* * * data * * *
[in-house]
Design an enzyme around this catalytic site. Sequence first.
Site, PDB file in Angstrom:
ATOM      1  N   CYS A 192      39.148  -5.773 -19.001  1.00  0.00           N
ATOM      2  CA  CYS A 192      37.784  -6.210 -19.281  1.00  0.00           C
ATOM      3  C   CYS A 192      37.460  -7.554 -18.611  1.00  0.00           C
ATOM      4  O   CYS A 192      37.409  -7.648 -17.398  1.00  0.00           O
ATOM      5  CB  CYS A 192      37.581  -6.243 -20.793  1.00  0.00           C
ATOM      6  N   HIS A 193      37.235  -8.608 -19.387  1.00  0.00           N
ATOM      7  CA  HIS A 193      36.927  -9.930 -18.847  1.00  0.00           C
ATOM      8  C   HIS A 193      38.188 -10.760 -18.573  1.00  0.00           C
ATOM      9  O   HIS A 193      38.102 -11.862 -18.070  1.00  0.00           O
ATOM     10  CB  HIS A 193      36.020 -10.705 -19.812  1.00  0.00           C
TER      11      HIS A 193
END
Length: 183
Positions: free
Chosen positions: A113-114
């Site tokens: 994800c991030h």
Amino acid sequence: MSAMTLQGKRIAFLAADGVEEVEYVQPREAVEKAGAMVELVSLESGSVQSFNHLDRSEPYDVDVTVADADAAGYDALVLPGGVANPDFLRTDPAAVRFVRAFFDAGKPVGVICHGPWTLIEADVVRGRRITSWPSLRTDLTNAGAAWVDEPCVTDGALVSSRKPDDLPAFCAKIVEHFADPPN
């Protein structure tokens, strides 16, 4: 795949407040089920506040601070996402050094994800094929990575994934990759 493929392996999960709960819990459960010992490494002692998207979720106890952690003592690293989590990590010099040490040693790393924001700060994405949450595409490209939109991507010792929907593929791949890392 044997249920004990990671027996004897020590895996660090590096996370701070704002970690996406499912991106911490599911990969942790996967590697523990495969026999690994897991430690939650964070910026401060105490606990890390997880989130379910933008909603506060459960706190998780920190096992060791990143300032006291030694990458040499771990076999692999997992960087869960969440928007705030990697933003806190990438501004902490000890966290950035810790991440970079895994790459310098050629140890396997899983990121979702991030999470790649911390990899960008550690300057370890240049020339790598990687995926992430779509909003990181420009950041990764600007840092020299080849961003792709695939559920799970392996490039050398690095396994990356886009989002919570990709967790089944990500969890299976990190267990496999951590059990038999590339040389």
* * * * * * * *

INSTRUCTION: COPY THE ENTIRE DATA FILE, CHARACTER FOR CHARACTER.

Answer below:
[in-house]
Design an enzyme around this catalytic site. Sequence first.
Site, PDB file in Angstrom:
ATOM      1  N   CYS A 192      39.148  -5.773 -19.001  1.00  0.00           N
ATOM      2  CA  CYS A 192      37.784  -6.210 -19.281  1.00  0.00           C
ATOM      3  C   CYS A 192      37.460  -7.554 -18.611  1.00  0.00           C
ATOM      4  O   CYS A 192      37.409  -7.648 -17.398  1.00  0.00           O
ATOM      5  CB  CYS A 192      37.581  -6.243 -20.793  1.00  0.00           C
ATOM      6  N   HIS A 193      37.235  -8.608 -19.387  1.00  0.00           N
ATOM      7  CA  HIS A 193      36.927  -9.930 -18.847  1.00  0.00           C
ATOM      8  C   HIS A 193      38.188 -10.760 -18.573  1.00  0.00           C
ATOM      9  O   HIS A 193      38.102 -11.862 -18.070  1.00  0.00           O
ATOM     10  CB  HIS A 193      36.020 -10.705 -19.812  1.00  0.00           C
TER      11      HIS A 193
END
Length: 183
Positions: free
Chosen positions: A113-114
């Site tokens: 994800c991030h």
Amino acid sequence: MSAMTLQGKRIAFLAADGVEEVEYVQPREAVEKAGAMVELVSLESGSVQSFNHLDRSEPYDVDVTVADADAAGYDALVLPGGVANPDFLRTDPAAVRFVRAFFDAGKPVGVICHGPWTLIEADVVRGRRITSWPSLRTDLTNAGAAWVDEPCVTDGALVSSRKPDDLPAFCAKIVEHFADPPN
């Protein structure tokens, strides 16, 4: 795949407040089920506040601070996402050094994800094929990575994934990759 493929392996999960709960819990459960010992490494002692998207979720106890952690003592690293989590990590010099040490040693790393924001700060994405949450595409490209939109991507010792929907593929791949890392 044997249920004990990671027996004897020590895996660090590096996370701070704002970690996406499912991106911490599911990969942790996967590697523990495969026999690994897991430690939650964070910026401060105490606990890390997880989130379910933008909603506060459960706190998780920190096992060791990143300032006291030694990458040499771990076999692999997992960087869960969440928007705030990697933003806190990438501004902490000890966290950035810790991440970079895994790459310098050629140890396997899983990121979702991030999470790649911390990899960008550690300057370890240049020339790598990687995926992430779509909003990181420009950041990764600007840092020299080849961003792709695939559920799970392996490039050398690095396994990356886009989002919570990709967790089944990500969890299976990190267990496999951590059990038999590339040389």